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Please use this identifier to cite or link to this item: http://hdl.handle.net/1959.3/77584
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- Effects of media richness on user acceptance of Web 2.0 technologies in higher education
- Saeed, Nauman; Sinnappan, Suku
- Educators are increasingly developing numerous ways to use Web 2.0 technologies to facilitate teaching, learning and to keep up to date with trend. These technologies provide enhanced interactivity and allow greater amounts of information delivered via richer communication, hence gaining wide spread acceptance among educational community. However, less empirical research has been done examining their information carrying capacity or media richness and its impact on user acceptance, specifically within the educational realms. This chapter is focused on examining the impact of media richness on user acceptance of various Web 2.0 technologies. Here we present findings of an empirical study to examine the effects of media richness on user acceptance of three popular Web 2.0 technologies namely blog, podcast and Second Life (a 3-D multi-user virtual environment), within higher education. A theoretical model has been presented based on technology acceptance model (TAM) (Davis 1989) and media richness theory (Daft et al. 1984). Data were gathered using online surveys and structural model was validated using the PLS (partial least squares) approach. Findings suggest that media richness has significant impact on user acceptance of all three technologies under consideration. However, media richness of Second Life has the greatest impact on user acceptance as compared to that of blog and podcast. These results are consistent with previous studies of media richness which state that synchronous communication media are richer than asynchronous media. These results also highlight Second Life's media richness capabilities of allowing multiple cues, timely feedback, language variety and personal focus in order to support teaching and learning activities. In this chapter, we also highlight some implications of our research for educators and developers of Web 2.0 applications followed by some ideas for future research.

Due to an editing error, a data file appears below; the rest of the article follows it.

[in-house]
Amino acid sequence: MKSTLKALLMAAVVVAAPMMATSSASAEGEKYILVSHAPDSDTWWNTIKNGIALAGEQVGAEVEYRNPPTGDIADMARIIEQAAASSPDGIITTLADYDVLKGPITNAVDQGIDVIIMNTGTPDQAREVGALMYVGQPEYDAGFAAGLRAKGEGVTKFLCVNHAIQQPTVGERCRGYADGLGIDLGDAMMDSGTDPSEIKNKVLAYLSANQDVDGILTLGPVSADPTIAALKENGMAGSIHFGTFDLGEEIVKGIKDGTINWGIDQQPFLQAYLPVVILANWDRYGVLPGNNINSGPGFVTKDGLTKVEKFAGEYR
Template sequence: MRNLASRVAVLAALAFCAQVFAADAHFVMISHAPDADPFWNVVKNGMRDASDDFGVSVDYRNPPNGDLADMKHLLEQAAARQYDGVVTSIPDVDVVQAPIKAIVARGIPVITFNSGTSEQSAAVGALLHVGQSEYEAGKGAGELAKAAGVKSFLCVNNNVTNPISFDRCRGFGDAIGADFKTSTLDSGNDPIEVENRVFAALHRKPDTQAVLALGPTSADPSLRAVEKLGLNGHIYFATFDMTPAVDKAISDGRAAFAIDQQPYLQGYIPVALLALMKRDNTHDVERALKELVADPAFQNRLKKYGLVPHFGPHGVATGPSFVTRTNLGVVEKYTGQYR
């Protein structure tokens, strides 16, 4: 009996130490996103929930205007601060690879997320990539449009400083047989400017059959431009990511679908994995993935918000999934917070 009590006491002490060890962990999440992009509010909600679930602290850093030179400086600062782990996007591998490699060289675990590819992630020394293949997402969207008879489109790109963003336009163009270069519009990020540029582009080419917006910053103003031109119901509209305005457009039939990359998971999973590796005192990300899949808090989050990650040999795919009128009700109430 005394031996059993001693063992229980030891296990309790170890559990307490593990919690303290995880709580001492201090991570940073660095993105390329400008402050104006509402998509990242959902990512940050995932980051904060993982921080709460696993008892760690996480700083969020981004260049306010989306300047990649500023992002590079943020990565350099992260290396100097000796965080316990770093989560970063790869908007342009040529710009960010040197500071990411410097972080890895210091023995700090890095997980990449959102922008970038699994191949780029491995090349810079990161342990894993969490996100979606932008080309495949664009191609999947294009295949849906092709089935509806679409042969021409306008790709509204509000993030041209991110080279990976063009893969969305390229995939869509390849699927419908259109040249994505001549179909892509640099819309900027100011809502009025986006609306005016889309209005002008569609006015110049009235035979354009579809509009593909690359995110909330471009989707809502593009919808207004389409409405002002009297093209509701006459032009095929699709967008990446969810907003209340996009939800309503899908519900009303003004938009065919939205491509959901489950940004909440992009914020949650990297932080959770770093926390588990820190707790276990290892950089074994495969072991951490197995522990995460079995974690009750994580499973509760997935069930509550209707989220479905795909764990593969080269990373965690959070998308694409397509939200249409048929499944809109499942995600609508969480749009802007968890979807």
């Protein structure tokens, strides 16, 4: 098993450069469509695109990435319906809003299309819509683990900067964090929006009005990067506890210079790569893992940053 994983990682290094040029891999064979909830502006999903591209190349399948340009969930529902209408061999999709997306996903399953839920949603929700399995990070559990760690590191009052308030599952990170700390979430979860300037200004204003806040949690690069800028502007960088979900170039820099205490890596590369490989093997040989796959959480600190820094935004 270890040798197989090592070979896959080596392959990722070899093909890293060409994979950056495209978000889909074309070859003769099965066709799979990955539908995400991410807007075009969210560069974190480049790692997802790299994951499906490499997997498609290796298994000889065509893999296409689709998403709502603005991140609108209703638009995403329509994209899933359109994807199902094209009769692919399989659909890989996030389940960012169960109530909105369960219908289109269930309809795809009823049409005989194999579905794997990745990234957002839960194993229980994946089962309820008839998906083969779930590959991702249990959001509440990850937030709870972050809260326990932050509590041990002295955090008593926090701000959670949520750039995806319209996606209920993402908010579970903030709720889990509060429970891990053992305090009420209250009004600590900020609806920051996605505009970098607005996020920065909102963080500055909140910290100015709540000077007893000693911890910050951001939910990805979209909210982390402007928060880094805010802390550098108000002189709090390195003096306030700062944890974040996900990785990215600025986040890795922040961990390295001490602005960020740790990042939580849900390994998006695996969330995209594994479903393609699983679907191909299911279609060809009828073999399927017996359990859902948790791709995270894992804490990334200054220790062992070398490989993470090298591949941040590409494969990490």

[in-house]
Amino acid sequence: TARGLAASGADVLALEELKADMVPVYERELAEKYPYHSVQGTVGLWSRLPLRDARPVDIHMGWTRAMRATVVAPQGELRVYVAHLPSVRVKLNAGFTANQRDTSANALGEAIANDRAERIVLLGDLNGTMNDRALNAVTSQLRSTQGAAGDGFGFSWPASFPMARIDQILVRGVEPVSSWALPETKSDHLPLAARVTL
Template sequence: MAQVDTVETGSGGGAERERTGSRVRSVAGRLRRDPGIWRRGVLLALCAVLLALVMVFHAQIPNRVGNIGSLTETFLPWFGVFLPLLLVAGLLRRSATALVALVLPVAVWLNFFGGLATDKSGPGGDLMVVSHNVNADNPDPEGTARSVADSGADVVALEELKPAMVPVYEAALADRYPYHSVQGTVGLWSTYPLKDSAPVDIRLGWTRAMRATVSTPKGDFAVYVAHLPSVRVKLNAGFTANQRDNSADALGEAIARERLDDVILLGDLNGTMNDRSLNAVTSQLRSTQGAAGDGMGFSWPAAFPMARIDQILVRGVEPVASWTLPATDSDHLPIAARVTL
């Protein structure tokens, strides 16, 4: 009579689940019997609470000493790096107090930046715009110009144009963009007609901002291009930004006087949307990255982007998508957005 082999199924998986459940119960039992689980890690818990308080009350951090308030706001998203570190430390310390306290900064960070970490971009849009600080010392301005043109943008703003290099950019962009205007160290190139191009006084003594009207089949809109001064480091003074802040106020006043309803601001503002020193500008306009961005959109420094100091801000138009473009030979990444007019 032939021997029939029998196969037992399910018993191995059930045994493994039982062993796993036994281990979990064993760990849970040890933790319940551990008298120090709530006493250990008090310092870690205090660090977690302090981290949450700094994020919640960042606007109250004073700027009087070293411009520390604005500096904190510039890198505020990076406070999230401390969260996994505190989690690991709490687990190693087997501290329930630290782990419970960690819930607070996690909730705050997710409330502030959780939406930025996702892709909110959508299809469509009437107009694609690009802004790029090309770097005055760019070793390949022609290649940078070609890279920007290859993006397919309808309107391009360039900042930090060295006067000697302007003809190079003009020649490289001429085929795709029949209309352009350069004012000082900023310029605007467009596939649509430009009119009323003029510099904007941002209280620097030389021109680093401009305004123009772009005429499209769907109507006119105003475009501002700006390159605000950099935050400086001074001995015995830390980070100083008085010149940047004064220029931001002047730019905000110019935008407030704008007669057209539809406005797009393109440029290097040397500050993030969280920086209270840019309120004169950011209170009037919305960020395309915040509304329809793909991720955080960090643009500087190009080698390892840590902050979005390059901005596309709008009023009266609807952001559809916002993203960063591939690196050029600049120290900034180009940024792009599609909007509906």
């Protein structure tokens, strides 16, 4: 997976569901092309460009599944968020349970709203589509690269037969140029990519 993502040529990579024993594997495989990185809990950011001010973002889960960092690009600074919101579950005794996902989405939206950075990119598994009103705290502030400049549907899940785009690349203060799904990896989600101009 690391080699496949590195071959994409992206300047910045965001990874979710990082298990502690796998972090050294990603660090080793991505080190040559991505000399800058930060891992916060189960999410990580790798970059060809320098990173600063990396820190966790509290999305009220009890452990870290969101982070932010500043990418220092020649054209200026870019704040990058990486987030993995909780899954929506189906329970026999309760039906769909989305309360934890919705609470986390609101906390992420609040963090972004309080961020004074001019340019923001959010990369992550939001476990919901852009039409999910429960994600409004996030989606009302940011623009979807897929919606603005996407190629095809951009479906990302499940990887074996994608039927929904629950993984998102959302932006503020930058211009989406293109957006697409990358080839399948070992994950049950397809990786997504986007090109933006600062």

- Publication type
- Book chapter
- Research centre
- Swinburne University of Technology
- Advanced learning / Raquel Hijon-Neira (ed.), Chapter 16, pp. 233-244
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- Copyright © 2009 The authors. The work is licensed under a Creative Commons Creative Commons Attribution Licence (http://creativecommons.org/licenses/by/2.0/). Published version of the paper reproduced here in accordance with this policy.